Brewing method: 120-140ml(4oz or just over) of water(same amount for all steeps) and 1 teaspoon. Water is Green temp (170-175/77c-81c), further cooled, by adding to the pot before adding the tea, then pouring from the pot to the cups(all this happens within a minute, but the cups and pot natural temp cools the water further), add the tea to the pot, then add the water from the cups to the tea(you really only have to do this the one time, unless you’re going long periods between steeps, the purpose is to cool the initial infusion, and to warm the vessels so there is no leaf-shock). Now steep for only 1 minute. Second steep, 30 seconds with current water temp (green 170-175F/77c-81c). Third steep, warmer (White-Oolong temps – 185-195F/85c-90c) 1minute. Fourth steep 5minutes with boiling water. Fifth steep 10 minutes with boiling water. I would drink this every day if I could, but, due to the involved method of brewing this, makes it impractical for most offices. I haven’t brewed it in the “western style”, and I’m hesitant to “waste” this tea that way. If I feel particularly lazy, perhaps I’ll try it, and give my thoughts on it then. But any green-tea lover should definitely try fukamushi sencha. Easily my favourite sencha.

175 °F / 79 °C 1 min, 0 sec

Thanks for the awesome descriptive-ness of this! I completely botched my first attempt with a fukamushi sencha (Maeda-en’s), so it’s really great to read something that worked out!


Just read your review. Yeah, from what I can tell Fukamushi is stronger, more sensitive to quantities and time, which surprises me it worked as well as it did with my usual sencha regimen – but then again, I tend to use “heaping” teaspoon scoops for my regular sencha, where this I was almost exactly a teaspoon. The green does not really get to that golden yellow most sencha’s have, until about the 5th steep, and even then, its still very green. Not as green as Samovar’s Ryokucha/matcha, but green for a green tea. I’m also very cautious on time. I start pouring before the timer runs out. I don’t know. I’ve made this tea 4 times now(not counting the re-steeps), and each have been successful (at least for me).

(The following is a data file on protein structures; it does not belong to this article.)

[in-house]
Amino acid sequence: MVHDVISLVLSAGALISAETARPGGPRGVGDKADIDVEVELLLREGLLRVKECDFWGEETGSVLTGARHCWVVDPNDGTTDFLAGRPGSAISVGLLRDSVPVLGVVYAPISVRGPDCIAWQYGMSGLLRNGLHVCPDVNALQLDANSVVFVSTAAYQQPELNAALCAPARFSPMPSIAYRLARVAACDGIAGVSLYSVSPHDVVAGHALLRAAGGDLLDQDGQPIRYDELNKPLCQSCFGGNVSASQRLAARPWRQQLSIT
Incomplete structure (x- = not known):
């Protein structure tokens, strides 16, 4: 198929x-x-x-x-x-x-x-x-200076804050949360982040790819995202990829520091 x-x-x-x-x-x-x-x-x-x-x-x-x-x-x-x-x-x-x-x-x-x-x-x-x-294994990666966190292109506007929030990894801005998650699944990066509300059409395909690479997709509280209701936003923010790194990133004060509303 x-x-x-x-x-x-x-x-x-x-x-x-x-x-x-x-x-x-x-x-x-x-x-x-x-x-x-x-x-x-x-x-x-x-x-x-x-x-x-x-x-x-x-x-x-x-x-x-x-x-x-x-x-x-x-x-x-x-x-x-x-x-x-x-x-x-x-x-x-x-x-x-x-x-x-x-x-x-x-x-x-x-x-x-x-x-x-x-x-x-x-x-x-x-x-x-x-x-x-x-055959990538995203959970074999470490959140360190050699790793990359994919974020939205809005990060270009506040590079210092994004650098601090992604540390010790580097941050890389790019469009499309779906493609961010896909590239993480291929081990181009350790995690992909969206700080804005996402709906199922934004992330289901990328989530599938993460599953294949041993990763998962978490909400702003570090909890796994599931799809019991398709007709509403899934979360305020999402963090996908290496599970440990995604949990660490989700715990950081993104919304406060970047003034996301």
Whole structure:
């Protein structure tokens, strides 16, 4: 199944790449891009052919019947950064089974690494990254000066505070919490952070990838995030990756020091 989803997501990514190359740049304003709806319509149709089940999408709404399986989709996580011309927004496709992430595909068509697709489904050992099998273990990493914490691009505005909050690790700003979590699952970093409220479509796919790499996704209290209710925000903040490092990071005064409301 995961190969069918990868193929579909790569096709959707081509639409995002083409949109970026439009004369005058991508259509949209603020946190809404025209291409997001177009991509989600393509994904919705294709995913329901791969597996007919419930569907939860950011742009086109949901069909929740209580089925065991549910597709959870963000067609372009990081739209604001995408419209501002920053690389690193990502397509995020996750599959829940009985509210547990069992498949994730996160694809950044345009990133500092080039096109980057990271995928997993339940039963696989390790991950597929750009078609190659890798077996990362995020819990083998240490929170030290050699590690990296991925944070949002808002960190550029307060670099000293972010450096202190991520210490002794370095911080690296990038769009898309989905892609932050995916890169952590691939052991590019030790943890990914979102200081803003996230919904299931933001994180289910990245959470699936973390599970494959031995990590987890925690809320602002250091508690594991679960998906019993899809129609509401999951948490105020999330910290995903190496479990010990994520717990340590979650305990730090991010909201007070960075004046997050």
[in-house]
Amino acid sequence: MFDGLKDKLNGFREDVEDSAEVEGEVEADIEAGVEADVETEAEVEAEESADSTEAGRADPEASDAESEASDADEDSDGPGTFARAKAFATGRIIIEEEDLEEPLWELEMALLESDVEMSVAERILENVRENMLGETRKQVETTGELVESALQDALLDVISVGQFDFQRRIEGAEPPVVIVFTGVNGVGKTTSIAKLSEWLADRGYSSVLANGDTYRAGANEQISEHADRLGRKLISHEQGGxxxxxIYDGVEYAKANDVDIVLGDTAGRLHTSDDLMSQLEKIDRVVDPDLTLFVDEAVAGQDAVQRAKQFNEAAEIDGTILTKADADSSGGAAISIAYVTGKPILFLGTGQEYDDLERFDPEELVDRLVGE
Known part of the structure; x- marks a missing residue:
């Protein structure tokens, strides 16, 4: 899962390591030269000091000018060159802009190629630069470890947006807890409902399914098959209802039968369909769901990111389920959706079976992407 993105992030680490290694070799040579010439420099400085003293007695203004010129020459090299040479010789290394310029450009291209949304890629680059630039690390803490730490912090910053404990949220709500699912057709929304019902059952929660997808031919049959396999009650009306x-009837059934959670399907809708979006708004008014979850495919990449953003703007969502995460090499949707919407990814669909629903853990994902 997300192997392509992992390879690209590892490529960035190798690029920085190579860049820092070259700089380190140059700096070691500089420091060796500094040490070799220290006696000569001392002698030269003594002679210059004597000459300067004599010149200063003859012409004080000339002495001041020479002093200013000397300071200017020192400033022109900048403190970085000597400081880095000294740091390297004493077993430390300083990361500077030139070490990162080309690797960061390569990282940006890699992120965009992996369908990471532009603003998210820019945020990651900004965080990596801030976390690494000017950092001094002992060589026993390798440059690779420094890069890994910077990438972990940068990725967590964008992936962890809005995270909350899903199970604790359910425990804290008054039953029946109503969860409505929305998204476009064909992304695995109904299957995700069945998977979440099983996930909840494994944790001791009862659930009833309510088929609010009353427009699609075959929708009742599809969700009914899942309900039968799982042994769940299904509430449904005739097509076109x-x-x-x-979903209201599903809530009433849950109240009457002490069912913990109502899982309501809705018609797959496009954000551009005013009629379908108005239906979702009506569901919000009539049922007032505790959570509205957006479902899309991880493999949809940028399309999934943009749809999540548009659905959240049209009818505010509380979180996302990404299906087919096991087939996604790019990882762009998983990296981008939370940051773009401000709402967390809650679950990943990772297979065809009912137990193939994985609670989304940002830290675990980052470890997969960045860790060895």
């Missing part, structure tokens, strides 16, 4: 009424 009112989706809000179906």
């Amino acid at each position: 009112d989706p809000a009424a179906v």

Say, is that (traditional style) what is known as gong-fu style brewing? I’ve been meaning to try and learn something about that, but I always seem to get distracted and forget about it again, so I still don’t know how to do that other than I think it’s something to do with a more leaves and shorter steeps.


@Angrbody I’m not an expert. But, essentially yes. I always interpreted it as “less water”, than “more leaves”. Either way you spin it, its the same thing in the end(glass half full, or glass half empty). I use smaller vessels (cups and pots – more traditional asian size, that hold only 2-3 oz/60-90ml – to put that in perspective, thats 1/6 to 1/4 of a soda can, and kyusu, which average around 6-9 oz). Hypothetically you could do the same thing with more tea in larger vessels, but you’d have to play with the quantity/water ratio a bit to get it.


Cool, thanks. I have some small cups that might be good for experimenting with. Probably a bit bigger than yours, since I haven’t ever measured what they hold, but it should be close enough. I’ll have to try that some time when I have better time. :)


Guess I’ll throw in one last comment. If your using a pot/kyusu, or even a gaiwan. Remove the lid after each steep to let it breathe. Otherwise it can sort of “re-steep” the leaves with the build-up of moisture from the steam, which can possibly negatively effect the flavour of the next steep.


Sencha rocks…


wow! thanks so much for the brewing instructions. i tried following samovar’s but i found i a bit confusing and the tea came out way too strong for my taste. i thought maybe it was because i didn’t use a kyusu pot but after using your method, i immediately fell in love with this tea!